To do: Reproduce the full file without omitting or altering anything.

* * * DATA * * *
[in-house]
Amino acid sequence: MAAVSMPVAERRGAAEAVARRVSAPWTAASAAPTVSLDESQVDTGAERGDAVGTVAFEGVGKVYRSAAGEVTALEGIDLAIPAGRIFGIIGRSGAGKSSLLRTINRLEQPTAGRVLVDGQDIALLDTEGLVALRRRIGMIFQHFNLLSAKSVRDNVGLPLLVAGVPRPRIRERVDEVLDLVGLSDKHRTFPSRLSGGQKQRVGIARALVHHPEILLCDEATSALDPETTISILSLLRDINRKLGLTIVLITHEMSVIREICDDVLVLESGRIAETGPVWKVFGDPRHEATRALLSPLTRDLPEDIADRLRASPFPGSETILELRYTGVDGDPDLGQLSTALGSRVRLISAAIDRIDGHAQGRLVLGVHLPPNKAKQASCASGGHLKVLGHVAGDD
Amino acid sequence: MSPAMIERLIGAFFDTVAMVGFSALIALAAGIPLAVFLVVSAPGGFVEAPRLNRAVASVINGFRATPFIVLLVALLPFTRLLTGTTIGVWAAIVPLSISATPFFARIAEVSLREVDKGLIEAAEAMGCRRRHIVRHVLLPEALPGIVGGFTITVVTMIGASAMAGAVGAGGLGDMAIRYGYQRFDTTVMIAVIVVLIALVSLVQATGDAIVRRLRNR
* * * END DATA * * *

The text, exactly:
[in-house]
Amino acid sequence: MAAVSMPVAERRGAAEAVARRVSAPWTAASAAPTVSLDESQVDTGAERGDAVGTVAFEGVGKVYRSAAGEVTALEGIDLAIPAGRIFGIIGRSGAGKSSLLRTINRLEQPTAGRVLVDGQDIALLDTEGLVALRRRIGMIFQHFNLLSAKSVRDNVGLPLLVAGVPRPRIRERVDEVLDLVGLSDKHRTFPSRLSGGQKQRVGIARALVHHPEILLCDEATSALDPETTISILSLLRDINRKLGLTIVLITHEMSVIREICDDVLVLESGRIAETGPVWKVFGDPRHEATRALLSPLTRDLPEDIADRLRASPFPGSETILELRYTGVDGDPDLGQLSTALGSRVRLISAAIDRIDGHAQGRLVLGVHLPPNKAKQASCASGGHLKVLGHVAGDD
Amino acid sequence: MSPAMIERLIGAFFDTVAMVGFSALIALAAGIPLAVFLVVSAPGGFVEAPRLNRAVASVINGFRATPFIVLLVALLPFTRLLTGTTIGVWAAIVPLSISATPFFARIAEVSLREVDKGLIEAAEAMGCRRRHIVRHVLLPEALPGIVGGFTITVVTMIGASAMAGAVGAGGLGDMAIRYGYQRFDTTVMIAVIVVLIALVSLVQATGDAIVRRLRNR